Here we explore issues of growing older and offer ideas about actively aging so your later years can be productive, meaningful, and fulfilling. And, if like me you're a grandparent, we'll also examine how to best handle that grand later-life role.
Wednesday, July 19, 2017
Grandparents Are Filling the Gaps in Drug-Ravaged Families
Pamela Livengood was happily embracing her status as a new grandmother when suddenly she became the primary caregiver for her daughter's 2-year-old son.
"It was quite an adjustment," said Livengood, 55, of Keene, N.H. "I wasn't ready to go back to changing diapers and getting up in the middle of the night. I thought all that was behind me. But my daughter and the baby's father got caught up in using opioids right after Francis was born. He needed me."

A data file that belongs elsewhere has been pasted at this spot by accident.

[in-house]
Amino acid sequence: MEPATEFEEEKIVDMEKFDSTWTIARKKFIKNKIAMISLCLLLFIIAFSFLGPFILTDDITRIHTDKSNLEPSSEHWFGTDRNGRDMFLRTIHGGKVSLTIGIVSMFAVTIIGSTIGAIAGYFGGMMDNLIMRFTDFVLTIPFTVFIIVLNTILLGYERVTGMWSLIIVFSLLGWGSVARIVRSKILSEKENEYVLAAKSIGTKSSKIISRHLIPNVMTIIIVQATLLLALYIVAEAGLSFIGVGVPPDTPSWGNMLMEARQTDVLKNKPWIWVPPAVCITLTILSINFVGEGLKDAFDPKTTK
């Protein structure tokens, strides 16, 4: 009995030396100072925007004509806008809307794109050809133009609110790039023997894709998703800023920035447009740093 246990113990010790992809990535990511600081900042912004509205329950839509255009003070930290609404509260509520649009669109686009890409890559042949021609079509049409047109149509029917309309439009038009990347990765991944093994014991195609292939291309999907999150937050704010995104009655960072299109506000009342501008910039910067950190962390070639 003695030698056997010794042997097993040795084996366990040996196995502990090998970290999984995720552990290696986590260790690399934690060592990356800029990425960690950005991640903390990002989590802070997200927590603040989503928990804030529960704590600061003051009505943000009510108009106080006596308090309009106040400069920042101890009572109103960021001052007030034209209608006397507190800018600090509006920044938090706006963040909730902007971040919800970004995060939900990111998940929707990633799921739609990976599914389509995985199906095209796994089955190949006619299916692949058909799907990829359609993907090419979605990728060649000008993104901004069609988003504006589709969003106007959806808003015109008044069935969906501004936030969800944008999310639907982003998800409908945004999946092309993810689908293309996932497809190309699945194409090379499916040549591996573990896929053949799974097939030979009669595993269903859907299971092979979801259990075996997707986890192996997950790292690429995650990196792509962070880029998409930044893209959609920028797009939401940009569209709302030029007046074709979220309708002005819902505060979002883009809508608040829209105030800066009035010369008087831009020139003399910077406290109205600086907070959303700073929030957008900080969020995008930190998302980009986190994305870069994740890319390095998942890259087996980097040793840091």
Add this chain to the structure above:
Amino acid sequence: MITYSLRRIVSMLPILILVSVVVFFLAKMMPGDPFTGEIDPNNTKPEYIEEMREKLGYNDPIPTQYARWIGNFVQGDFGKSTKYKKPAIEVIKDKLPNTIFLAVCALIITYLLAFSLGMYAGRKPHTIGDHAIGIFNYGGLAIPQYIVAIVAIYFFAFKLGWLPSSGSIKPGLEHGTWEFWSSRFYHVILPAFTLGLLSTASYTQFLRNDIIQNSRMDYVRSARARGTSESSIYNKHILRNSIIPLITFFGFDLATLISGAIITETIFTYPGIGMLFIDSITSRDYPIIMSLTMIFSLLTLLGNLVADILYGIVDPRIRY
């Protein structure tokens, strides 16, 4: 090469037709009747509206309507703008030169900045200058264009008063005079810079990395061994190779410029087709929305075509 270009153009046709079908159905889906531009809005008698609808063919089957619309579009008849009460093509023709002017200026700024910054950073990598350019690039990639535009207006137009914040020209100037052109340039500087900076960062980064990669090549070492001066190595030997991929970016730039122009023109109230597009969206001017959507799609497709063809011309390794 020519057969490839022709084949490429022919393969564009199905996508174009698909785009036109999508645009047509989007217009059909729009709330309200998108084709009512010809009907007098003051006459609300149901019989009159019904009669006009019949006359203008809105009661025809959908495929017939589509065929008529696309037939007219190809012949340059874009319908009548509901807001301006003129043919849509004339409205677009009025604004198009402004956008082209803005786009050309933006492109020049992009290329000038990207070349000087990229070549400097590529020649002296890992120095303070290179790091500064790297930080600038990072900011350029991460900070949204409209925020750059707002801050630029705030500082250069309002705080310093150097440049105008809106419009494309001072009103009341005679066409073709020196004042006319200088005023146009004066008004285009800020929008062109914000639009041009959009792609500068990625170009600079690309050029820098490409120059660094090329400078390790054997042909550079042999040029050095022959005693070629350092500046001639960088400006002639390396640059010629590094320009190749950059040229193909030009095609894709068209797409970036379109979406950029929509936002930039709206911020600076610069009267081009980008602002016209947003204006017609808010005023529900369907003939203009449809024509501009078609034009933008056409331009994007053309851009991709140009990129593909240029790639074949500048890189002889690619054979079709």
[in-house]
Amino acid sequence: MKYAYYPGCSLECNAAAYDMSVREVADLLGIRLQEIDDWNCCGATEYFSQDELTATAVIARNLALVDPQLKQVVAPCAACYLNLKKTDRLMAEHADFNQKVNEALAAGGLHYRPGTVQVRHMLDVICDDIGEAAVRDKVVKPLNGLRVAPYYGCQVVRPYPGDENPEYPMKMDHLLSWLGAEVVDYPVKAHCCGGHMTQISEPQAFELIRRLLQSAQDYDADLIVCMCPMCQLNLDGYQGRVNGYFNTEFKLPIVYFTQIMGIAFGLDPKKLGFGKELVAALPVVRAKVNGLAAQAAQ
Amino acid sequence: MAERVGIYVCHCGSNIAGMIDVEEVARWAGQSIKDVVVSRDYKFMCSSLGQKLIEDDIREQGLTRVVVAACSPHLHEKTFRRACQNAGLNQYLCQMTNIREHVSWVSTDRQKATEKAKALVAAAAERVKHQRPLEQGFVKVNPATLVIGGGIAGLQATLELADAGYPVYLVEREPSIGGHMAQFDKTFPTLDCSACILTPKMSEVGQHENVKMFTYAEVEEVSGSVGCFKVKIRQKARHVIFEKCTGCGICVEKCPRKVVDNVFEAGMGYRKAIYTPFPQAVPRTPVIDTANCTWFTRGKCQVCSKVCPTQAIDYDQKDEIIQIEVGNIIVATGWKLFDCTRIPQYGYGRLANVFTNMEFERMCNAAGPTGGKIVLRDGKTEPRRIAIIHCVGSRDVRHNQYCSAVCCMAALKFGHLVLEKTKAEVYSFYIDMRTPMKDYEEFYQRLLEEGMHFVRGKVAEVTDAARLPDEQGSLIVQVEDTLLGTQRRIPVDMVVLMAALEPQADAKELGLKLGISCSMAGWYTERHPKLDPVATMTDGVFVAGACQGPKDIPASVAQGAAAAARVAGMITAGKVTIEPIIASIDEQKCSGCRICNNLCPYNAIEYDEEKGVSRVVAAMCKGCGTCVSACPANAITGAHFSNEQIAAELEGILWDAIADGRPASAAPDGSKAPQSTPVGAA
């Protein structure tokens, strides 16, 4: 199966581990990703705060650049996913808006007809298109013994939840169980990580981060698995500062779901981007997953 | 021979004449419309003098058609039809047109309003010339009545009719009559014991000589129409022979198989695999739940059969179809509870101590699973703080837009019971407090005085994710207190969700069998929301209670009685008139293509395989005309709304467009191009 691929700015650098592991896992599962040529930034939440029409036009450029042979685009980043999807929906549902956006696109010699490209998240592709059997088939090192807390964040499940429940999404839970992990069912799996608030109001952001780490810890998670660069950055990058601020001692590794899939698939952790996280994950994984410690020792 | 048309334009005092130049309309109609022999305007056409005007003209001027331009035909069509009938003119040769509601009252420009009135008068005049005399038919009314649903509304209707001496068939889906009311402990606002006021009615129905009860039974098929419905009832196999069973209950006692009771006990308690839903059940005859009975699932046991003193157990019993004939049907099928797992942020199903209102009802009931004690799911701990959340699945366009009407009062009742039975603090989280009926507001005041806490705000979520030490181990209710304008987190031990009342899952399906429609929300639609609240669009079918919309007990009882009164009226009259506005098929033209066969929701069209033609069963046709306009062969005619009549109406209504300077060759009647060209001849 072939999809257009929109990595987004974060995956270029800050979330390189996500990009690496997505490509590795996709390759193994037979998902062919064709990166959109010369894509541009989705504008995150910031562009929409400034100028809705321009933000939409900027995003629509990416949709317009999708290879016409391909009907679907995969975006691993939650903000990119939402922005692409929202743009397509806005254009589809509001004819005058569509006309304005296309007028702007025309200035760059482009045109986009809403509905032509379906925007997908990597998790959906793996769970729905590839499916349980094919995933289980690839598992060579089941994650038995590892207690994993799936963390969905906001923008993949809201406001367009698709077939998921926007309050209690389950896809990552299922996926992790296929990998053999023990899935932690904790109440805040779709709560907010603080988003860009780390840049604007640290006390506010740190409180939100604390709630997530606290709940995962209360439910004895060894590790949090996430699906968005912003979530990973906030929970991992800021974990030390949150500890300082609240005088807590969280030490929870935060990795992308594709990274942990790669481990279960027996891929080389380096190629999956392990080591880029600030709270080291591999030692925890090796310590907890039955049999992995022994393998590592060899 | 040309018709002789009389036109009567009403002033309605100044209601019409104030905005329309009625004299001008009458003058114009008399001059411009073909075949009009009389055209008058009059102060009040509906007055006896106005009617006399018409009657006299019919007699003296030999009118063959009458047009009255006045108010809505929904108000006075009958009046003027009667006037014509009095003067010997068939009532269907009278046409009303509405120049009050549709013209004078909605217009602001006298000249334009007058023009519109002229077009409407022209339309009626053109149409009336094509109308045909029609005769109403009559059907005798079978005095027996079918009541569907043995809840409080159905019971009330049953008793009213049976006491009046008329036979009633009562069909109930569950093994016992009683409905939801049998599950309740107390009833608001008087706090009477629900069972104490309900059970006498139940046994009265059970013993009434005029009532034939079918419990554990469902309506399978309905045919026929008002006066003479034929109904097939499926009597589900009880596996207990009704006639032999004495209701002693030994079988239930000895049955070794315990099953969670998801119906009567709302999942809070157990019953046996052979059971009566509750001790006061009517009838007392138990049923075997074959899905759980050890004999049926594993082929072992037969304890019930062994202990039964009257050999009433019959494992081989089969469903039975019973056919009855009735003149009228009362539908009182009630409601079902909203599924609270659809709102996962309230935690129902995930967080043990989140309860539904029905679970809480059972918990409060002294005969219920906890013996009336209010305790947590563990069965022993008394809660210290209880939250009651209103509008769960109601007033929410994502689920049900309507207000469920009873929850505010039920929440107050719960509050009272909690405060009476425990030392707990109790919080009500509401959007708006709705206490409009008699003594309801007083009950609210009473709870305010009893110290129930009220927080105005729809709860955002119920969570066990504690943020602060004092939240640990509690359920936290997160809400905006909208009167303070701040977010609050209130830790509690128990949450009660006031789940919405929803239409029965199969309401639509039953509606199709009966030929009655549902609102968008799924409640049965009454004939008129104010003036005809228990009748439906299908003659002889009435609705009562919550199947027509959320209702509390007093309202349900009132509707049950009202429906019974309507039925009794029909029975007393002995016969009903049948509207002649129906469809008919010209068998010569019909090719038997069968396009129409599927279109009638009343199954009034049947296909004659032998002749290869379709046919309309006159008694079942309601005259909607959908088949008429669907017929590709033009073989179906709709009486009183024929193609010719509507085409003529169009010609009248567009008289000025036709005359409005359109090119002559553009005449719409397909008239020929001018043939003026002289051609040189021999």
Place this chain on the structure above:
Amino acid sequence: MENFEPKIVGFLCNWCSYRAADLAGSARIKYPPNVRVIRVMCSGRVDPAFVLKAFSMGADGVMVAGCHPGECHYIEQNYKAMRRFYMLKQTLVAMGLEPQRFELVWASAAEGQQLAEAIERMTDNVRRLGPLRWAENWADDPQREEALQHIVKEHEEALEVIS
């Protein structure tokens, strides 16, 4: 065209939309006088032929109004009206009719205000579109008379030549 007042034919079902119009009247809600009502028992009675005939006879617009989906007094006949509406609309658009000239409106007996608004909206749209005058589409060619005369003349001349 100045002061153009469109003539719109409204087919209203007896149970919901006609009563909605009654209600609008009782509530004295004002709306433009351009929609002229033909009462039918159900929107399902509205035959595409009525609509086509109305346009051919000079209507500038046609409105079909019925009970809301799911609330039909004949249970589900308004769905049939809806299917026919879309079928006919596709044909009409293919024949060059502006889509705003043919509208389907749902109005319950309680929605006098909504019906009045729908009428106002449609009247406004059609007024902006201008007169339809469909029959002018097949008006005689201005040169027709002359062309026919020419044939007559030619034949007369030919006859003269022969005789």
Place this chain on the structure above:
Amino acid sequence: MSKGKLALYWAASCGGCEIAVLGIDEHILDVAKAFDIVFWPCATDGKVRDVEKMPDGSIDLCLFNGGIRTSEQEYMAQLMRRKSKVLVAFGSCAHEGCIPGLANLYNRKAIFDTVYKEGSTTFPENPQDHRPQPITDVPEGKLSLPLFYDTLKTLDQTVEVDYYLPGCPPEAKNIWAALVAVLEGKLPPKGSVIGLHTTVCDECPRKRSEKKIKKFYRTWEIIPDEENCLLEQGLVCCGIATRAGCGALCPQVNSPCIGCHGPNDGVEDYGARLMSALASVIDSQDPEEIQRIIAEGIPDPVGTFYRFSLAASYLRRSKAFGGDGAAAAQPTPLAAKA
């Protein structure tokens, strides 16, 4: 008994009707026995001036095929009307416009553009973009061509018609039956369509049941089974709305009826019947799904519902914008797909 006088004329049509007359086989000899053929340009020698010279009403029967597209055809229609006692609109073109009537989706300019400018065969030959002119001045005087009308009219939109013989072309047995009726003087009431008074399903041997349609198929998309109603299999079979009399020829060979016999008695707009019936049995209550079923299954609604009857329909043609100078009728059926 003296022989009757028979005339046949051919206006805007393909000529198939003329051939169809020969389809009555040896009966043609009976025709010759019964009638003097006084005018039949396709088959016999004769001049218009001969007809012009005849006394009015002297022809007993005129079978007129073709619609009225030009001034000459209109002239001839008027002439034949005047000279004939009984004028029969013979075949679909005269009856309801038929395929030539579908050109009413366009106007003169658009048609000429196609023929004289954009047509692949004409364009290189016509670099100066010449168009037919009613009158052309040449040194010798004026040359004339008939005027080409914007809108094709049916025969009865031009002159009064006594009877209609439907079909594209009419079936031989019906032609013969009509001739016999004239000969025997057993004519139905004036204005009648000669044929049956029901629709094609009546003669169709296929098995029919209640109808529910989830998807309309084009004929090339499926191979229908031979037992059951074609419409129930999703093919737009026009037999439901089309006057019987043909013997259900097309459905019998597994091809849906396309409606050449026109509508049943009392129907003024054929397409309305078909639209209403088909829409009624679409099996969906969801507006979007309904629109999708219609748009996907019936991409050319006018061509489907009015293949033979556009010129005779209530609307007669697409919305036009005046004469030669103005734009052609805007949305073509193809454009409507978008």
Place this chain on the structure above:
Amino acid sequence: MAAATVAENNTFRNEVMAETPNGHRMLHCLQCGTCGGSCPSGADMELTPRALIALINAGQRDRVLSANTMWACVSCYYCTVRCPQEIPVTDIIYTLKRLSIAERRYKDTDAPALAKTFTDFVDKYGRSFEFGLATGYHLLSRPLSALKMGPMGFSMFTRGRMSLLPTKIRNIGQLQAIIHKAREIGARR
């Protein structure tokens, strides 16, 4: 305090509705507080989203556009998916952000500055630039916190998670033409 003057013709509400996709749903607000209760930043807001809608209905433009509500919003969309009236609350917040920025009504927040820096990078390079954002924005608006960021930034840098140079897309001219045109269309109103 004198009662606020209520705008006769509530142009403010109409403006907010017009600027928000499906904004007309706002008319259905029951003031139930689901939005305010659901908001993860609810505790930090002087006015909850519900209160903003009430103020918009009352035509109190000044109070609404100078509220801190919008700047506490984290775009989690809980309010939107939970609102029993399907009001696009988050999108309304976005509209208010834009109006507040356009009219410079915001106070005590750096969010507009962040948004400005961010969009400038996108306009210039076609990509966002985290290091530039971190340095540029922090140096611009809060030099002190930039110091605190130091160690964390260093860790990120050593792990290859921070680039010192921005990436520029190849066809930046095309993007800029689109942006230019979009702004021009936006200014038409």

In Maine, about 8 percent of babies are born to women who are addicted to opioids and other drugs, according to Sen. Susan Collins (R-Maine), who chairs the Senate Special Committee on Aging. The number of children raised solely by grandparents in that state rose 24 percent between 2010 and 2015. Nationwide, more than 2.6 million people are raising grandkids, according to census data. That number is rising rapidly as more parents are jailed, are forced into treatment centers or die from overdoses, according to testimony at a recent aging committee hearing.